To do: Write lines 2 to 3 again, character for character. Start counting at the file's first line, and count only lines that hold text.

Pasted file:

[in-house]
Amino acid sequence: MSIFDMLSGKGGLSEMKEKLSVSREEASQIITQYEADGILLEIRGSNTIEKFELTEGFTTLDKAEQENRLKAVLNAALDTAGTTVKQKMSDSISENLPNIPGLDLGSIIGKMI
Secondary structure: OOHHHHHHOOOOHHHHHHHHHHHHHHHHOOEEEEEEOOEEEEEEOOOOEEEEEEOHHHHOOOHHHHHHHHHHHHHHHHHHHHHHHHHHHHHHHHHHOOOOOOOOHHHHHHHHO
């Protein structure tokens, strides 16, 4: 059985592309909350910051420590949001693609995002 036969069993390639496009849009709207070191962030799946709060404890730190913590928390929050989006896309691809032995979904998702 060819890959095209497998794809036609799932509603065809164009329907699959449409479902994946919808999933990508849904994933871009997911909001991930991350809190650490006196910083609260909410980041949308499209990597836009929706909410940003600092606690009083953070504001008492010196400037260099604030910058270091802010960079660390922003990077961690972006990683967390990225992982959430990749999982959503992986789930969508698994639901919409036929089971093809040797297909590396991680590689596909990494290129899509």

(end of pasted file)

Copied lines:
Amino acid sequence: MSIFDMLSGKGGLSEMKEKLSVSREEASQIITQYEADGILLEIRGSNTIEKFELTEGFTTLDKAEQENRLKAVLNAALDTAGTTVKQKMSDSISENLPNIPGLDLGSIIGKMI
Secondary structure: OOHHHHHHOOOOHHHHHHHHHHHHHHHHOOEEEEEEOOEEEEEEOOOOEEEEEEOHHHHOOOHHHHHHHHHHHHHHHHHHHHHHHHHHHHHHHHHHOOOOOOOOHHHHHHHHO